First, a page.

Food label lessons

Fat free, reduced fat, light, cholesterol free... These are just some of the clever claims that food companies use to entice us to buy their products, but how do we know which ones to trust? Diabetes Queensland nutritionist Rachel Latimore helps you to sort the fact from the fat.


The Claim: Fat Free

The Verdict:A food with fat free on the label must have less that 3g of fat per 100g so these are great choices. But there is a catch, often fat free foods have extra sugar added to them so be careful to check the sugar content as well.


The Claim: Reduced Fat

The Verdict:Those clever food manufacturers have found a sneaky trick in this food claim. Reduced fat doesn't necessarily mean low fat or fat free. Reduced fat means that the product simply has less fat than the full fat product. So a chocolate bar that is labelled reduced fat will probably still have loads of fat, but it will have less fat than your standard chocolate.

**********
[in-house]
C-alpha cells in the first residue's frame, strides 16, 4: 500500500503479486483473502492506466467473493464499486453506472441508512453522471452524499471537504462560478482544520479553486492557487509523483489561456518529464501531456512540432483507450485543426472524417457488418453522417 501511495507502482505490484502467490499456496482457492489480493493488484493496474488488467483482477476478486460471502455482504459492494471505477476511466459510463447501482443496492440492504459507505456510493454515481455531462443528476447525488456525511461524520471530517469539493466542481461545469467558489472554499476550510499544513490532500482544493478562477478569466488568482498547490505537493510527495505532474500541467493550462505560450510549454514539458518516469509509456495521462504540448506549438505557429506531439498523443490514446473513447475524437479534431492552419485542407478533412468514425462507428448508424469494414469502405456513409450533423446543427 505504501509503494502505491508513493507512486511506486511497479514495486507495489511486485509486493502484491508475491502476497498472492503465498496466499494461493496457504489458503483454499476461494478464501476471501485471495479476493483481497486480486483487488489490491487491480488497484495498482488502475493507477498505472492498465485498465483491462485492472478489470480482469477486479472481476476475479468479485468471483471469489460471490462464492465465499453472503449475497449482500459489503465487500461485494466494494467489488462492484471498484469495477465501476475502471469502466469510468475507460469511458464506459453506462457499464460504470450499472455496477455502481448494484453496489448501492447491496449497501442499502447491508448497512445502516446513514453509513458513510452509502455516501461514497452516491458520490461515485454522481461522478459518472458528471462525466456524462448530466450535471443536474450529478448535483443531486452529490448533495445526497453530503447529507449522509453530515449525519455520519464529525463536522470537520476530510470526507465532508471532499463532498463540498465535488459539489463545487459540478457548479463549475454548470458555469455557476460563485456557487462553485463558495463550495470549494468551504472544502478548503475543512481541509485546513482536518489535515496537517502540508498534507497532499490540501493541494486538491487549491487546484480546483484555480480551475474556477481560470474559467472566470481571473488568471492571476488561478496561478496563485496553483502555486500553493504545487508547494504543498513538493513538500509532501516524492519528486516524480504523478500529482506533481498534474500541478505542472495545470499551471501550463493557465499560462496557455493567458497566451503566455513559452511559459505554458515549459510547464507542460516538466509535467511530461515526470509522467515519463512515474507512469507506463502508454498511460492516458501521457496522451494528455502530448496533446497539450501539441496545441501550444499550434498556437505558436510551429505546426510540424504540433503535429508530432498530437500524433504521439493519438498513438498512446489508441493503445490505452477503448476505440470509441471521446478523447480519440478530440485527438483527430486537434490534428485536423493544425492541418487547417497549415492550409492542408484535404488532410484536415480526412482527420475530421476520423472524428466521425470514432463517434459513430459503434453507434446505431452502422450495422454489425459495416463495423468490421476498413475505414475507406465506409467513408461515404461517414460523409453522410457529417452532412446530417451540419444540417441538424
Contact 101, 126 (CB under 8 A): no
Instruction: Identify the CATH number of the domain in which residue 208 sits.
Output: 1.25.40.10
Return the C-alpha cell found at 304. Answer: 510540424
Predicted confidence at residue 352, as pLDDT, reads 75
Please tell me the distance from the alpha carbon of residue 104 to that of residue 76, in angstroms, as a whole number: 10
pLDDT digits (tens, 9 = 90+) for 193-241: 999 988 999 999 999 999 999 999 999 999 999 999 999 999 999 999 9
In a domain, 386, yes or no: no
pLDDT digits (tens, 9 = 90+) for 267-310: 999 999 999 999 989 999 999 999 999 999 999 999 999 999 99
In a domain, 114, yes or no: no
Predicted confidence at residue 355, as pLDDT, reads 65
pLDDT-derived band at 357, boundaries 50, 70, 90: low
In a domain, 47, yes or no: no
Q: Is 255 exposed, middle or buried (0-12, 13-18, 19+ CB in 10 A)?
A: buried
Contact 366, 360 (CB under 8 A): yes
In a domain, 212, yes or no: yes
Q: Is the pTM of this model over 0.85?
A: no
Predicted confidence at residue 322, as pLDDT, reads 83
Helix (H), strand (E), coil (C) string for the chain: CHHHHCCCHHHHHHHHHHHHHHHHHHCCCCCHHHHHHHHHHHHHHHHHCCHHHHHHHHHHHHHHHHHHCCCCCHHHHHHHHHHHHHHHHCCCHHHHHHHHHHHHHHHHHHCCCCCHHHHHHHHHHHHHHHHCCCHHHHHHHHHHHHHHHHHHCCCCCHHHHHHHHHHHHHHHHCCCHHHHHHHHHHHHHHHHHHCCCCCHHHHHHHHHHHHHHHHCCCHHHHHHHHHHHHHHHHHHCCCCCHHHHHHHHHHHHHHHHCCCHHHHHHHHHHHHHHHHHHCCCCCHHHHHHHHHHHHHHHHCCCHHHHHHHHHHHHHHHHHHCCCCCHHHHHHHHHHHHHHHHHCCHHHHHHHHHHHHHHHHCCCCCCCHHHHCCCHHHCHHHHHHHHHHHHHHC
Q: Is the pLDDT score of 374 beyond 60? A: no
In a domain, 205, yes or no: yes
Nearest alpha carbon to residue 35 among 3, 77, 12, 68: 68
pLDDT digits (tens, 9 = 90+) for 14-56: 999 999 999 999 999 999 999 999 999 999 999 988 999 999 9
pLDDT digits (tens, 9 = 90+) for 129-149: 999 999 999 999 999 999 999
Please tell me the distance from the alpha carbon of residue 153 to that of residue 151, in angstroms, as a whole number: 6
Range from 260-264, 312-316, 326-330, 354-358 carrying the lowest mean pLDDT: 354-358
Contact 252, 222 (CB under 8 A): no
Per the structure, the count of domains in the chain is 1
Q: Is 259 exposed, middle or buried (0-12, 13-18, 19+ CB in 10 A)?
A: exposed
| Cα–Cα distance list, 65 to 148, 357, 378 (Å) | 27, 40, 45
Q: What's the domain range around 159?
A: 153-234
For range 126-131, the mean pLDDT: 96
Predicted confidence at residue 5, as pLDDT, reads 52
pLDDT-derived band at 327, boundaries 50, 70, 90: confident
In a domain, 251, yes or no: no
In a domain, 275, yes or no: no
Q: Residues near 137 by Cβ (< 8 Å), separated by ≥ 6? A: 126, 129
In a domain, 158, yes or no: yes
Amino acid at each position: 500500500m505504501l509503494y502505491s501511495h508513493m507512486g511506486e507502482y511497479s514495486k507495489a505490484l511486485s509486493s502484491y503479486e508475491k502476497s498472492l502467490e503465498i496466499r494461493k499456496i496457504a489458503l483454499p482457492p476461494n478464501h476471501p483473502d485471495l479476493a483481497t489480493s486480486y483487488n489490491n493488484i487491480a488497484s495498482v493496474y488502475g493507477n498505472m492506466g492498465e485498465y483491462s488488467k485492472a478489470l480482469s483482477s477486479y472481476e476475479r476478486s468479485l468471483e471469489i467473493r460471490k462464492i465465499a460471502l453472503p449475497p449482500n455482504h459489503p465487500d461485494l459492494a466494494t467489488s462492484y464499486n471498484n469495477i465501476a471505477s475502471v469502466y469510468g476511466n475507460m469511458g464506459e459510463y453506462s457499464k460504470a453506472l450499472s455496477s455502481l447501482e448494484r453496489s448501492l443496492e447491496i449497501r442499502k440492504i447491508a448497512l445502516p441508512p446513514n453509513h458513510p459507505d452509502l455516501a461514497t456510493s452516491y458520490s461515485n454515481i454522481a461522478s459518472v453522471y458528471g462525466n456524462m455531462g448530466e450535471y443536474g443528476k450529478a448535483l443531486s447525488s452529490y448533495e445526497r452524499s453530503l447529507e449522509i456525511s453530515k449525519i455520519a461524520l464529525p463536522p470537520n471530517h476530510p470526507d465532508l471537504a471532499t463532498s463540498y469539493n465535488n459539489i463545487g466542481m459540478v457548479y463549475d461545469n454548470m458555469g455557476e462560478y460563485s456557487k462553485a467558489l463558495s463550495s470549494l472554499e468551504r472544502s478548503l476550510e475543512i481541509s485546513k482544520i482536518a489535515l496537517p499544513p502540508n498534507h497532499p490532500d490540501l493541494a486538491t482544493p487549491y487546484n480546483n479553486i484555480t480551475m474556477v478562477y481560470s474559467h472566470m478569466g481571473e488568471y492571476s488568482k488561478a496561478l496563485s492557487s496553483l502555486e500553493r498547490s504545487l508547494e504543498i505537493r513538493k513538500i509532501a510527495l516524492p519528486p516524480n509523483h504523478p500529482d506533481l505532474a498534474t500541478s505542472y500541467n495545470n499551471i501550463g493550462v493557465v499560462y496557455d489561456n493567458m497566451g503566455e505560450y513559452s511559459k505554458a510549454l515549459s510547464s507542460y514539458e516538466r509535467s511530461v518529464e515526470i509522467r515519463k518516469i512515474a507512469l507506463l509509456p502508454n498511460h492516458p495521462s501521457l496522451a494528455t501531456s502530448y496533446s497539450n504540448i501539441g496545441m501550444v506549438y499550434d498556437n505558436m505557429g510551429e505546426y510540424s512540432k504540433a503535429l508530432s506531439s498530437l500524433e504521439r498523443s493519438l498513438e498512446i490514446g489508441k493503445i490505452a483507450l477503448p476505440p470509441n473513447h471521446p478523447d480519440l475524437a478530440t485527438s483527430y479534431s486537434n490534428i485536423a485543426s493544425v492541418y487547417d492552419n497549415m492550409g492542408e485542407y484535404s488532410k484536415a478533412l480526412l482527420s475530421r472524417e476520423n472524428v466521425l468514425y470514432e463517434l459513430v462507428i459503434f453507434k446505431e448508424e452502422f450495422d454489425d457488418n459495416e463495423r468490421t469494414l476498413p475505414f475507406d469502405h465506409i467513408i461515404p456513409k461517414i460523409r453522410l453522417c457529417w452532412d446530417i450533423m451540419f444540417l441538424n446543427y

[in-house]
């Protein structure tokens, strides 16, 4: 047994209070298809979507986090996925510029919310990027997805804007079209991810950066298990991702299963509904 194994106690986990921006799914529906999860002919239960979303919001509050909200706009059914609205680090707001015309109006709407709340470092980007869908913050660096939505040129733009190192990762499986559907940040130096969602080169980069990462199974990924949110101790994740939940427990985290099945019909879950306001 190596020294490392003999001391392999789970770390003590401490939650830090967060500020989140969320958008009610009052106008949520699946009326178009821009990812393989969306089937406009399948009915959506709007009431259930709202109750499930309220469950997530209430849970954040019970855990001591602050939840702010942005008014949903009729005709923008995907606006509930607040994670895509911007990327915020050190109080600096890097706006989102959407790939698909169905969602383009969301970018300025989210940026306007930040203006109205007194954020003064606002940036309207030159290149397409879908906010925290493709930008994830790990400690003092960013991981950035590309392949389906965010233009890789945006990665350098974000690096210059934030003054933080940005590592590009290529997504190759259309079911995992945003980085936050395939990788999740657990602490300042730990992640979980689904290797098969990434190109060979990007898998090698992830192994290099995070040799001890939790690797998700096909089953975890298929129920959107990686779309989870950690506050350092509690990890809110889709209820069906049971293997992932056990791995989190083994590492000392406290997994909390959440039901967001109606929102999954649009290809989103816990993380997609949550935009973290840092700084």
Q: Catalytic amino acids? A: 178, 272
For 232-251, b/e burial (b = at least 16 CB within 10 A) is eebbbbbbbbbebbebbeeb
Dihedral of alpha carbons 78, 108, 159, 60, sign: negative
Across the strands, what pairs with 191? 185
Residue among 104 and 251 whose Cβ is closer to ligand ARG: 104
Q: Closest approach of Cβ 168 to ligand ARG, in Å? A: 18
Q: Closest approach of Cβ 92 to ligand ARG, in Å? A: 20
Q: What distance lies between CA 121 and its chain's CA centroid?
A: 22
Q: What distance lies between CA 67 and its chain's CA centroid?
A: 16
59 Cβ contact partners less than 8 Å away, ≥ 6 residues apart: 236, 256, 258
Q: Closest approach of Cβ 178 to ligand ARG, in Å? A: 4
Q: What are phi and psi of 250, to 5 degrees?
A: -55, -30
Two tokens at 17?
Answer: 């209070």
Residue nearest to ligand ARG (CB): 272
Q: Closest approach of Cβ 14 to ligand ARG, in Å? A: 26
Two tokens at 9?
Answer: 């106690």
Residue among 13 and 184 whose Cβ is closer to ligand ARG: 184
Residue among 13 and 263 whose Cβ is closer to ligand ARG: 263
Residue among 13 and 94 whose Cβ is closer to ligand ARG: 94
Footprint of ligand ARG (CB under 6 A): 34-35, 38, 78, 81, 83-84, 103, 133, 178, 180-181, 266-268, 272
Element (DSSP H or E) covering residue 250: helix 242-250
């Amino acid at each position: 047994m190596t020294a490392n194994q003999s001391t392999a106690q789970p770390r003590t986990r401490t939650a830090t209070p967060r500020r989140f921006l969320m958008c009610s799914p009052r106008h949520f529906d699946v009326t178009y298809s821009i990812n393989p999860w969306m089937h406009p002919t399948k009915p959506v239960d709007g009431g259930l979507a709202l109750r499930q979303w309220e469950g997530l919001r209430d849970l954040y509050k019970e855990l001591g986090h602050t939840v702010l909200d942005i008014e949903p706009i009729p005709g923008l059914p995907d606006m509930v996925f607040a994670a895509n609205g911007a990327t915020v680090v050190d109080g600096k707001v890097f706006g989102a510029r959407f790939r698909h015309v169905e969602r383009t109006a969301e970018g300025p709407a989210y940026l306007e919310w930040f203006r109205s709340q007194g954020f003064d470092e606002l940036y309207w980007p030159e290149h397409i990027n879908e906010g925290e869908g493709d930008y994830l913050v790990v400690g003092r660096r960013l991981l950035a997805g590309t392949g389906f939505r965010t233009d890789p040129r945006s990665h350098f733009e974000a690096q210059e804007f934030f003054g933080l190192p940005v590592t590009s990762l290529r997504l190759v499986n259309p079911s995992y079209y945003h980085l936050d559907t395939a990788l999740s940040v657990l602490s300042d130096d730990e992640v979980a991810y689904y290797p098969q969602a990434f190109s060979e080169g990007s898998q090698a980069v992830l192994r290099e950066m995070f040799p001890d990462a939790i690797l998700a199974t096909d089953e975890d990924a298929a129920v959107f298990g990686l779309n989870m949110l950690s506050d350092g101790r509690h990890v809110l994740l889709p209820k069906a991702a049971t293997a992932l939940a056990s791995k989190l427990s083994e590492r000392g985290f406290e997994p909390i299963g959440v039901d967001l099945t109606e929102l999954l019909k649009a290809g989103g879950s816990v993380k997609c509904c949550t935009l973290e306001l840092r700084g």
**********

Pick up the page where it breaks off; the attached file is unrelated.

The Claim: Light or Lite

The Verdict:Another sneaky one! It would be fair to assume that foods that are called "light" would be lower in fat or kilojoules, but no, it usually means they are light in colour, taste or they just might not weigh very much!


The Claim: Cholesterol Free

The Verdict:It's great to look for cholesterol free foods, but a food may be low in cholesterol and still super high in fat and kilojoules. I suggest looking at the saturated fat content of the food rather than worrying too much about the cholesterol. If a food is high in saturated fat it will most likely be high in cholesterol and visa versa.


If you want to learn more about label reading to help you on your journey to a healthier you, check out our Healthy Food Shopping website